Hydroxyl-radical based advanced oxidation processes can increase perfluoroalkyl substances beyond drinking water standards: Results from a pilot study

Arjun K. Venkatesan, Cheng Shiuan Lee, Christopher J. Gobler

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19 Scopus citations


Advanced oxidation processes (AOPs) are popular technologies employed across the U.S. for wastewater reclamation and drinking water treatment of recalcitrant chemicals. Although there is consensus about the ineffectiveness of AOPs to treat perfluoroalkyl substances (PFASs; not polyfluoro compounds by definition here), there is a lack of field data demonstrating their impact on the transformation of unknown PFAS precursors during groundwater treatment. In this study, the fate of PFASs in seven pilot-scale AOPs, including four different technologies (UV/H2O2, UV/Cl2, UV/TiO2, and O3/H2O2), was assessed at four drinking water systems across New York State (NYS), USA. Seven of 18 PFASs were detected in the influent at concentrations ranging from below method detection to 64 ng/L. Across all systems, all detected PFASs showed an increase in concentration after treatment presumably due to unknown precursor transformation with specific increases for perfluorobutane sulfonate (PFBS), perfluorohexanoic acid (PFHxA), perfluoroheptanoic acid (PFHpA), perfluorohexane sulfonate (PFHxS), perfluorooctanoic acid (PFOA), perfluorooctane sulfonate (PFOS), and perfluorononanoic acid (PFNA) averaging 405 (range: 0 – 1220) %, 1.0 (-7 – 9) %, 3.8 (0 – 9.5) %, 3.3 (-11 – 13) %, 14 (0 – 48) %, 13 (3 – 25) %, and 2 (0 – 5.2) %, respectively. The increase in PFAS concentration was dependent on UV and oxidant dose, further confirming that transformation reactions were occurring due to AOPs similar to a total oxidizable precursor assay. At one of the sites, PFOA levels exceeded the current NYS drinking water standard of 10 ng/L after, but not before treatment, highlighting the importance of considering the potential impact of AOP on treated water quality when designing treatment systems for regulatory compliance. The increase in PFAS concentration in the AOP systems positively correlated (r = 0.91) with nitrate levels in groundwater, suggesting that onsite septic discharges may be an important source of PFAS contamination in these unsewered study areas. Results from this pilot-scale demonstration reveal that hydroxyl radical-based AOPs, although ineffective in treating PFASs, can help to reveal the true extent of PFAS contamination in source waters.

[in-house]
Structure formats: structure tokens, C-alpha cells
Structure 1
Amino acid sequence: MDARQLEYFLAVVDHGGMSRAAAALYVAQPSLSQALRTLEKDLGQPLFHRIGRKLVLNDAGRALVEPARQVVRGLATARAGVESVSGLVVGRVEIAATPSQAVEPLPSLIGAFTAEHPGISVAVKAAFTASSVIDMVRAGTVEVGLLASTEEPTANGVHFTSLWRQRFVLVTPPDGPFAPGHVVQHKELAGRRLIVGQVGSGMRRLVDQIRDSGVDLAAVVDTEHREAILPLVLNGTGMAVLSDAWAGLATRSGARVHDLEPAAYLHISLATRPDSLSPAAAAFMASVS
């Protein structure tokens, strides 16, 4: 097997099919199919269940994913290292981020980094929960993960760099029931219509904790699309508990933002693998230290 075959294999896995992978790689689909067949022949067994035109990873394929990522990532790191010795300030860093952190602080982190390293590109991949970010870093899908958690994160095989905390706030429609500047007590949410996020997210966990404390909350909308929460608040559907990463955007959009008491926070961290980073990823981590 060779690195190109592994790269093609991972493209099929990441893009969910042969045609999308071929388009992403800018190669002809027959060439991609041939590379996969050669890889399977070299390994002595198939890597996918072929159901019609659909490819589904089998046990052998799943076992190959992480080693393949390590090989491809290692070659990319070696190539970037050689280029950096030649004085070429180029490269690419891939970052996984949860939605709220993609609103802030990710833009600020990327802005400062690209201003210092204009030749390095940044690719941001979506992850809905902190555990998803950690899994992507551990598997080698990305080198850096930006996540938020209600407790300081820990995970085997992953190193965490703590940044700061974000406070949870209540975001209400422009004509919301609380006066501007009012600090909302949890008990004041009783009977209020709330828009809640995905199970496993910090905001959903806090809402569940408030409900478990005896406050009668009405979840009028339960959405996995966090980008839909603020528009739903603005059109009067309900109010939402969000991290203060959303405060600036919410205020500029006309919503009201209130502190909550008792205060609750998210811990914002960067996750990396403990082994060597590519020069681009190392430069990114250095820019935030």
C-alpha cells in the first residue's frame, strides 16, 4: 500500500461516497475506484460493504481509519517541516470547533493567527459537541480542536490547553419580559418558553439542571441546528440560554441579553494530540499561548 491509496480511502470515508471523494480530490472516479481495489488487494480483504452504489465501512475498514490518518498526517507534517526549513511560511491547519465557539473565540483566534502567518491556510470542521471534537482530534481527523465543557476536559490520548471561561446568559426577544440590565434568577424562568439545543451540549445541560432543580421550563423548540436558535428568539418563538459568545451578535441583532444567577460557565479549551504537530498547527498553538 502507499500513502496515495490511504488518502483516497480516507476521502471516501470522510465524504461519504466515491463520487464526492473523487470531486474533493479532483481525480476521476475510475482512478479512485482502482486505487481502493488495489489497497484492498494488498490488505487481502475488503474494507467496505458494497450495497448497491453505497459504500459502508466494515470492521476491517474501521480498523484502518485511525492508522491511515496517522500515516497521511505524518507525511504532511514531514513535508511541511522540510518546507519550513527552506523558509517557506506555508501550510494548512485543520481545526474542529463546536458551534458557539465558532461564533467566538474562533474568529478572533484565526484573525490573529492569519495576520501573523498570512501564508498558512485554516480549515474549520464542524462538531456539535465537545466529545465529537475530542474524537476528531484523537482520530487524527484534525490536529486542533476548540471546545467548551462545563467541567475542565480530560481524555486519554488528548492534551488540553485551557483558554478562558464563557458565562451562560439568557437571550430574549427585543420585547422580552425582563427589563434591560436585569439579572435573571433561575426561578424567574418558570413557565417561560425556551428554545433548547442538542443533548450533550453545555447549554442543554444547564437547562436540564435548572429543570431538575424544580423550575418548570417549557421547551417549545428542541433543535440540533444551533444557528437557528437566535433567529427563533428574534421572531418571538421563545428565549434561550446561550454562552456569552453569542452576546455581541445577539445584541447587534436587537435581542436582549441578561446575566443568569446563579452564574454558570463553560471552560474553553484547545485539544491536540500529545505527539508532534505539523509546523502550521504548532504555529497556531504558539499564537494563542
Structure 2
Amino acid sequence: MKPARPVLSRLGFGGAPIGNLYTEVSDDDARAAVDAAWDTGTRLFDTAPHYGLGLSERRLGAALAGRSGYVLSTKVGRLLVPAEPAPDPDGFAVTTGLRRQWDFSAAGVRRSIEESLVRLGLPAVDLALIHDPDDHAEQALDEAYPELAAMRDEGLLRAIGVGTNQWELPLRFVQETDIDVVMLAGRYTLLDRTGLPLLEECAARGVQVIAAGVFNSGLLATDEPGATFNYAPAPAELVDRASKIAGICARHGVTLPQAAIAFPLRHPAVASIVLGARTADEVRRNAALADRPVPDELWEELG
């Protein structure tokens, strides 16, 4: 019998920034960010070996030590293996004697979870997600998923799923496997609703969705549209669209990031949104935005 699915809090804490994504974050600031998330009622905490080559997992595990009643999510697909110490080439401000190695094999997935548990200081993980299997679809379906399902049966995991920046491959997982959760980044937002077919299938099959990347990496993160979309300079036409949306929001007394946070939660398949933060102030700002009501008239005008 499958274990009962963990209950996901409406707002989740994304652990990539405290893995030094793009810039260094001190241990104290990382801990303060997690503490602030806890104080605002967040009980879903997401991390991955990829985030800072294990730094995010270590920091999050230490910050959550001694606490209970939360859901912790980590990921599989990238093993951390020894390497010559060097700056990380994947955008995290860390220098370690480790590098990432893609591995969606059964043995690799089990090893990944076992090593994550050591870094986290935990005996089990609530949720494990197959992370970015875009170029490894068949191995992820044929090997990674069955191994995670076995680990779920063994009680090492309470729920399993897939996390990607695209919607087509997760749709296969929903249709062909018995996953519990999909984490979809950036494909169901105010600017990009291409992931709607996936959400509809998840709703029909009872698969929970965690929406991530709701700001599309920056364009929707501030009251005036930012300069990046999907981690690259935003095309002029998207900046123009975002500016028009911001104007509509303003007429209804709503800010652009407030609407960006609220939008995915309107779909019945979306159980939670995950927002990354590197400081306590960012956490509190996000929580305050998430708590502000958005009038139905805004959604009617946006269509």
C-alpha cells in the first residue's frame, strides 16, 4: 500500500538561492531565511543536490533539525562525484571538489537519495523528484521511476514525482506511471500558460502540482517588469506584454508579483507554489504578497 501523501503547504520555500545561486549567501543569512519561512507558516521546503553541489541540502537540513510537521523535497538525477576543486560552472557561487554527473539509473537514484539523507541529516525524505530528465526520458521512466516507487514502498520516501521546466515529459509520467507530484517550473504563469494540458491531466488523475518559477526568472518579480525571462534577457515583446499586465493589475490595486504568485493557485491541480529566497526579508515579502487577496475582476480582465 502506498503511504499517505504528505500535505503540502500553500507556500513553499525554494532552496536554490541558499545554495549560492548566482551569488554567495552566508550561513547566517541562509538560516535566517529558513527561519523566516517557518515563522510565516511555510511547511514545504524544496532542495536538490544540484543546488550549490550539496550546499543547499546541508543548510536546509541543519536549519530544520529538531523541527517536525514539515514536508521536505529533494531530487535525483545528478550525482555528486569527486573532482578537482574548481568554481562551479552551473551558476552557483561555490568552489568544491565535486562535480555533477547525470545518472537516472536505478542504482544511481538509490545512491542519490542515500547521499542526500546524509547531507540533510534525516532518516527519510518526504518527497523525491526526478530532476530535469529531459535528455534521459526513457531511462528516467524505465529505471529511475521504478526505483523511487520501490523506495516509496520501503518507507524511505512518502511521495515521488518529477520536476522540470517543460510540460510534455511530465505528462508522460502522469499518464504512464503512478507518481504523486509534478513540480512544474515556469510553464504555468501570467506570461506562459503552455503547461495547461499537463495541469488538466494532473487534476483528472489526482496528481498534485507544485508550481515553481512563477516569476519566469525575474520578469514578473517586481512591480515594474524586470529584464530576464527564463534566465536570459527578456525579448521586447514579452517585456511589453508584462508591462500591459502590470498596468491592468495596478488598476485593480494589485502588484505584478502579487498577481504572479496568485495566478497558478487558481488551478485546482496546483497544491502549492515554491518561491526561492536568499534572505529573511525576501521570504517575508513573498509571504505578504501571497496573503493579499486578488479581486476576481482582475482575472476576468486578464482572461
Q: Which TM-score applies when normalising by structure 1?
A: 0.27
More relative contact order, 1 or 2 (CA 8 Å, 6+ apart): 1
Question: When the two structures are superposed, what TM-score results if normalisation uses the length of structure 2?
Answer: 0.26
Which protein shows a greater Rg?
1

Original languageEnglish (US)
Article number157577
JournalScience of the Total Environment
StatePublished - Nov 15 2022
Externally publishedYes

All Science Journal Classification (ASJC) codes

  • Environmental Engineering
  • Environmental Chemistry
  • Waste Management and Disposal
  • Pollution


  • Advanced oxidation processes
  • PFAS
  • Pilot-scale treatment
  • Precursors


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